Paying attention pays rewards. As the characters use the inn they will inevitably discover more and more of its secrets. They will, perhaps, be drawn to the noise they hear coming from upstairs over the veranda and one day investigate. Or sneak in to the obviously open secret door behind the bar. There’s a LOT. Almost every single room has some sort of secret, and most have several. Some are simple. Some are clues to other areas. Some are devilishly complex. There is A LOT to explore … and a lot to get in to trouble with. The inn can kill, easily, even a high level character. Ultimately the most complex and in-depth of the secrets are related to the inns creation and its owner “The Master.” He’s lost something and most of the inn contains clues to finding it. Thus the ENTIRE thing is almost like an adventure outline. Various things within the inn may lead to other adventures. This entire section if both an outline and highlight specific. What you need to achieve is highly specific, particularly as it relates to things WITHIN the inn, but parts outside of the inn are more of a sketched outline of goals and objectives. And it can all be pursued, or not, pretty much at the leisure of the players. Thus the diversions and interesting little bits of the inn, a place to goof off between adventures, can become the main focus after a while … if the party is inclined to do so. As an inn, this is great. The party will visit time as again, as their home base, giving the various aspects the ability to stretch their legs over time and be integrated in to the game.

There is a lot of mystery and wonder to be found in the inn, both important to a location like this. Various aspects of it, the imagination behind it, feel very OD&D. That sense of the unknown and the non-standard is to be found in abundance in this. Wall panels that turn in to seven thousand vipers. A secret room that turns you in to a skeleton for a thousand years … which only a day for the other party members. The designer makes the imagination and the non-standard. It is this idiosyncratic nature that gives the inn a vibe of both a real place and a place thar the adventurers will want to return to.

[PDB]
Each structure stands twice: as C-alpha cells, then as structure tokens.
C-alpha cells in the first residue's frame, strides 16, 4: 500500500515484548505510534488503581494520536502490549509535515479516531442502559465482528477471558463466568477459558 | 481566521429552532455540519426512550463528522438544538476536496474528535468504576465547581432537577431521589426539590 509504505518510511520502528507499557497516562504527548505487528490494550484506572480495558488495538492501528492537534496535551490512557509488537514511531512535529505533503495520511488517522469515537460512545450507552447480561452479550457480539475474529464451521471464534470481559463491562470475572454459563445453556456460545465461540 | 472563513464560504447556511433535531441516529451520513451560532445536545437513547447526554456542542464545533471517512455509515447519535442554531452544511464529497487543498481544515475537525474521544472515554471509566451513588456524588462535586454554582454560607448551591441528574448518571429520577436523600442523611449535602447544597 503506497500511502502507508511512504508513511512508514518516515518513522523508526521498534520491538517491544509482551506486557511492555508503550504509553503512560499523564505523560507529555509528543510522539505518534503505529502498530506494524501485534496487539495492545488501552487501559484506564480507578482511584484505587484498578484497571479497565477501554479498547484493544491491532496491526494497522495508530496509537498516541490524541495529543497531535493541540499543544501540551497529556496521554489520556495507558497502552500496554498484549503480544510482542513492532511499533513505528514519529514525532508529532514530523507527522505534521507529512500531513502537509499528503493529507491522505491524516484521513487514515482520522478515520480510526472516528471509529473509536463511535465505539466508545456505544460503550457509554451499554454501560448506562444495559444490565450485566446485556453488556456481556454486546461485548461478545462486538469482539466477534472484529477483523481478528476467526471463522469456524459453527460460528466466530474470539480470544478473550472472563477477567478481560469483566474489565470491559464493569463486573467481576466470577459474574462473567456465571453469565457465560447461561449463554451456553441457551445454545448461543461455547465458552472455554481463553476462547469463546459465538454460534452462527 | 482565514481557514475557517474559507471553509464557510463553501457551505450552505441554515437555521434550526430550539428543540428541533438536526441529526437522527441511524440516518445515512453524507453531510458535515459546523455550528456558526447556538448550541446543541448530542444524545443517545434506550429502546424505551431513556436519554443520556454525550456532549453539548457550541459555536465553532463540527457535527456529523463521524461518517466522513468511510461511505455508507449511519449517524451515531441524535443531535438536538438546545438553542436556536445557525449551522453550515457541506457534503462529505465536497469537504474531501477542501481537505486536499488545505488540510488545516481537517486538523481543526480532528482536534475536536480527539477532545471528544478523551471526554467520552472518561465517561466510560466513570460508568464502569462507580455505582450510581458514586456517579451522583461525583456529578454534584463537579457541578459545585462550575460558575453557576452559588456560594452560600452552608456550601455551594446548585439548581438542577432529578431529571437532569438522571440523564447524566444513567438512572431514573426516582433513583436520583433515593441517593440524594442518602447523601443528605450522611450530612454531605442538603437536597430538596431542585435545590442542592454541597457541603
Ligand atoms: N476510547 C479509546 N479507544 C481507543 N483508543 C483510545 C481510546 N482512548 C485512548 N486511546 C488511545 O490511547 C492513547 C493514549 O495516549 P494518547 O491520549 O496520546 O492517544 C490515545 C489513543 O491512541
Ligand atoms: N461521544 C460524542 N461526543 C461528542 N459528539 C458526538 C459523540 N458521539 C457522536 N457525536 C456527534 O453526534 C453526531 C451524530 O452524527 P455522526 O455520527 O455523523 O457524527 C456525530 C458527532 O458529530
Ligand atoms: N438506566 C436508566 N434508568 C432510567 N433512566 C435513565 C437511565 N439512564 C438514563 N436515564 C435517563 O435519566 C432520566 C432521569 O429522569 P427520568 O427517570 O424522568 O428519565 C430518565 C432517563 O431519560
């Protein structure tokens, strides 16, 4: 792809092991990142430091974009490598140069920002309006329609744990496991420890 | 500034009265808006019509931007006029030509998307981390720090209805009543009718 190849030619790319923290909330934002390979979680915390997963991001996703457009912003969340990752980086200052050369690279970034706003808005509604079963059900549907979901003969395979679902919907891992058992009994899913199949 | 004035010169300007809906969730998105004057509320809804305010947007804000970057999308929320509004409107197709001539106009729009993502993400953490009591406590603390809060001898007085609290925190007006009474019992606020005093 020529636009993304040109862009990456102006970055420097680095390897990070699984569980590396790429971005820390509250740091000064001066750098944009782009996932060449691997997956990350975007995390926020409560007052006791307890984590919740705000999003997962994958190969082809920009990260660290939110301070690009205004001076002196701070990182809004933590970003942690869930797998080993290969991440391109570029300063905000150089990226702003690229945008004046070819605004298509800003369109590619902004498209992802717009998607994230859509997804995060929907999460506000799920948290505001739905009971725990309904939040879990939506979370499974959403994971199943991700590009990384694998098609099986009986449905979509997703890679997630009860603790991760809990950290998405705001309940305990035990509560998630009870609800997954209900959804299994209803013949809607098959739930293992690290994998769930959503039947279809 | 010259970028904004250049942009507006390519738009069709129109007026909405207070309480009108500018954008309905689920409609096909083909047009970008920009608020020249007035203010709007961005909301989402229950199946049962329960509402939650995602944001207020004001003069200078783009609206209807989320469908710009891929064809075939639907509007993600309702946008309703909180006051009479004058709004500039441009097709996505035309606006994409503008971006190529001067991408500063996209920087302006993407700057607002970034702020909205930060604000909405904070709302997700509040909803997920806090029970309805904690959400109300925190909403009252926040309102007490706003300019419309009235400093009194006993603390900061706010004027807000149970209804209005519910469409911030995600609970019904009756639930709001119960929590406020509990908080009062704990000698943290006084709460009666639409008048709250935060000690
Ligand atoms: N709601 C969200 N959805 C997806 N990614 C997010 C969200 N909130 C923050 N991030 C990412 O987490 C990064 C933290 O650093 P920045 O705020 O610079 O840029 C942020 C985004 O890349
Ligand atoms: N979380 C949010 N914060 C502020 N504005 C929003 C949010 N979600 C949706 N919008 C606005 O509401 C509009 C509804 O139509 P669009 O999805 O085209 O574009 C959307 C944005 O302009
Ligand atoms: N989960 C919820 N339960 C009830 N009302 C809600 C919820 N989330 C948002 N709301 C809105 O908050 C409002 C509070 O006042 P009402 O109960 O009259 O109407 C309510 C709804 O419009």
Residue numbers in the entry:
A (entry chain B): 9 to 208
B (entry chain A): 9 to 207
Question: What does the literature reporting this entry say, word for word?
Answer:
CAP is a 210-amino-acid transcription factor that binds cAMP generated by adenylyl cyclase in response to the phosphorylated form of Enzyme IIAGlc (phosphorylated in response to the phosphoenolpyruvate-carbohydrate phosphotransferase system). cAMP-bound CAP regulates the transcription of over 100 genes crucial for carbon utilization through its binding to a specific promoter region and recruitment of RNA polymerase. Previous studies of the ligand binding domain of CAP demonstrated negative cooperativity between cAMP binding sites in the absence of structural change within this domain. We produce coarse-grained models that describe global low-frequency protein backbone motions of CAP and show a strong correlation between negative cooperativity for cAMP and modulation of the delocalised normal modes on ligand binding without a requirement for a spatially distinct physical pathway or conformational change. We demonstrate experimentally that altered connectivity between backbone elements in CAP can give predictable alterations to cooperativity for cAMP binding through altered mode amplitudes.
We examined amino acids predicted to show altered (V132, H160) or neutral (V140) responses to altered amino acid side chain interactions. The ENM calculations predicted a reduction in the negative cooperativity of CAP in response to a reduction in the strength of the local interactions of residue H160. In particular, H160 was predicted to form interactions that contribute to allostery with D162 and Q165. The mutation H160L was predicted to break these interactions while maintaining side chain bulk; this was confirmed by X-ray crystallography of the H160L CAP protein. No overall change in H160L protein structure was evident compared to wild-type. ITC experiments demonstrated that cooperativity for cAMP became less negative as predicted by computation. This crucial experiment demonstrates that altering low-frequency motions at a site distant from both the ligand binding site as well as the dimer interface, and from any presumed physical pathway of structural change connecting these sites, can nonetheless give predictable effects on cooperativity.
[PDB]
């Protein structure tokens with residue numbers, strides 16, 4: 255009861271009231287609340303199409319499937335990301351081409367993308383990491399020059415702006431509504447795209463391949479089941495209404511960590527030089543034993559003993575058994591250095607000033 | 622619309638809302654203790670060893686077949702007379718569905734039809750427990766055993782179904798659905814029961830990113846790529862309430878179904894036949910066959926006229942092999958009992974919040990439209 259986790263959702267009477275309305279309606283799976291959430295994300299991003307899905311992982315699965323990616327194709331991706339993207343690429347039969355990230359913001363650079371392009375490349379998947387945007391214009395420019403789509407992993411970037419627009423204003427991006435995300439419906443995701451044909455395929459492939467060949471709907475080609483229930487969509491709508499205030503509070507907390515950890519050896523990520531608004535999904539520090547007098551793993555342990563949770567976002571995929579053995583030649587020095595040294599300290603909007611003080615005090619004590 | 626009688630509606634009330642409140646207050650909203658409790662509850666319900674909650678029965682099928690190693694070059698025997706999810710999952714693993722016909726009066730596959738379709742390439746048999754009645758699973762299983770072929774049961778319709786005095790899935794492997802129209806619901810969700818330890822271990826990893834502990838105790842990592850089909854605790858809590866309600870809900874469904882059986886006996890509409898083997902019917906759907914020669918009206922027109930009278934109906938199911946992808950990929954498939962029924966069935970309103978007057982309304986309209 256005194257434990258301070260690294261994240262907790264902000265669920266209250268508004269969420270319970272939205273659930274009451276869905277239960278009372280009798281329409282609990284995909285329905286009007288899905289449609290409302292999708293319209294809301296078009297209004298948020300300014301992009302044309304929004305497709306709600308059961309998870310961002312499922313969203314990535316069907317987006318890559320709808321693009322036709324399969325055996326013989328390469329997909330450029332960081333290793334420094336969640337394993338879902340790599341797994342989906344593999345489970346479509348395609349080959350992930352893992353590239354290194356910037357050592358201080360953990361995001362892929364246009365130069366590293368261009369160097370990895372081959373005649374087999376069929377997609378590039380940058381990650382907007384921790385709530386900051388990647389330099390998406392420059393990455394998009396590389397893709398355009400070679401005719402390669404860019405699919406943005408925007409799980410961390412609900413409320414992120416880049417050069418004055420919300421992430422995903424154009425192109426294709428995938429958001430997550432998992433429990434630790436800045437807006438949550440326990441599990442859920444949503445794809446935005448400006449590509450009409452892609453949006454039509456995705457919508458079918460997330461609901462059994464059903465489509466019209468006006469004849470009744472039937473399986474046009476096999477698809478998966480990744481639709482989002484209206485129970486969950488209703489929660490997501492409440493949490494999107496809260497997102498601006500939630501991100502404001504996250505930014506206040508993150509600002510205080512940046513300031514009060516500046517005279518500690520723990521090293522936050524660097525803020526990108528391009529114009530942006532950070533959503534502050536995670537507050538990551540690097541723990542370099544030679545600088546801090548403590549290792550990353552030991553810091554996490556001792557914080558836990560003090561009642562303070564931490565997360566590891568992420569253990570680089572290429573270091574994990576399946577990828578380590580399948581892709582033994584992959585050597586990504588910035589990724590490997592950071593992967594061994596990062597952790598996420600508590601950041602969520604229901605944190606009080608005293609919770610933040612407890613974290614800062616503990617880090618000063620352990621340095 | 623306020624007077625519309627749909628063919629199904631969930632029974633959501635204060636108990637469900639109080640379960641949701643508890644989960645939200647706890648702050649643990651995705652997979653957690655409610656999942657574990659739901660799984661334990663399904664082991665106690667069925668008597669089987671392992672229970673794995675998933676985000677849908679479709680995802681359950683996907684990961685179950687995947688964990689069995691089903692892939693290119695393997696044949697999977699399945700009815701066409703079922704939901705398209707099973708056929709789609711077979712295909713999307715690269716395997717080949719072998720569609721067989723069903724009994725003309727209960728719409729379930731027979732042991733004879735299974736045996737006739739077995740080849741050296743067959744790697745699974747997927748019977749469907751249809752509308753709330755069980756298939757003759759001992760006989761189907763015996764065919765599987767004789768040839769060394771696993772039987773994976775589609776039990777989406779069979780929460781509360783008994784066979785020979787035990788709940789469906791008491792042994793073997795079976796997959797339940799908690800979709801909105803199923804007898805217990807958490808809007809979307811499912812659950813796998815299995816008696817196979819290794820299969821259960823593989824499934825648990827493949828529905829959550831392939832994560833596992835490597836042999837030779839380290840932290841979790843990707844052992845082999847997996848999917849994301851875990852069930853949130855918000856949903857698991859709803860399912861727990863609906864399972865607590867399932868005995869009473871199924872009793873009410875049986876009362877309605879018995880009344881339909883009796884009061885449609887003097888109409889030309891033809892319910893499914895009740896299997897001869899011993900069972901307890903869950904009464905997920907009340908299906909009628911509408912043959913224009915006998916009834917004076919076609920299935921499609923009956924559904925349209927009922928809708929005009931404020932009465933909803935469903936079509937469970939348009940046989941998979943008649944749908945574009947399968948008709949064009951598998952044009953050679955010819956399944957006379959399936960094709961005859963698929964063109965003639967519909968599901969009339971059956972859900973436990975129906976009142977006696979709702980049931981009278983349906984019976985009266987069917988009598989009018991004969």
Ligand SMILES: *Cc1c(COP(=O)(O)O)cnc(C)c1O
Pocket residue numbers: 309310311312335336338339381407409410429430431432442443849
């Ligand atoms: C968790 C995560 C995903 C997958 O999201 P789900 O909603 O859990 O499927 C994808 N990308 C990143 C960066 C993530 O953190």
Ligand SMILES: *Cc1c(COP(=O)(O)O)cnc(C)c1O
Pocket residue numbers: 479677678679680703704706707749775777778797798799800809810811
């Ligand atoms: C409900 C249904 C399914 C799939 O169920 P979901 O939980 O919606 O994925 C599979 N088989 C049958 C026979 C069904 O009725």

And yet …

This is HOPELESSLY an AD&D adventure. While it does have that sense of imagination and wonder that is hallmark, I think, of the early OD&D days it also is quite purposefully presenting it as an AD&D adventure. Mechanically. The impacts and results and details are all VERY mechanically dense, in the 1E sense rather than the 3.5e sense. Mechanics are described. In detail. This is supplemented by a verbose writing style and a use of whitespace that I think sometimes works against readability. All of these, together, are the reason for the half page to full page room descriptions in the adventure. The third room, the coatroom, is 10×20 feet. It takes over a page to describe. This isn’t because of he read-aloud but rather because of the (loose) writing style and need to describe the rooms mechanics to the DM. This is, I think, because of the authorial vision. Not just a need to describe the mechanics but to get the intent of the author across. I get this. I think it’s interesting to know what the author intends. I also think that the verbosity that incurs from this makes the product hard to use.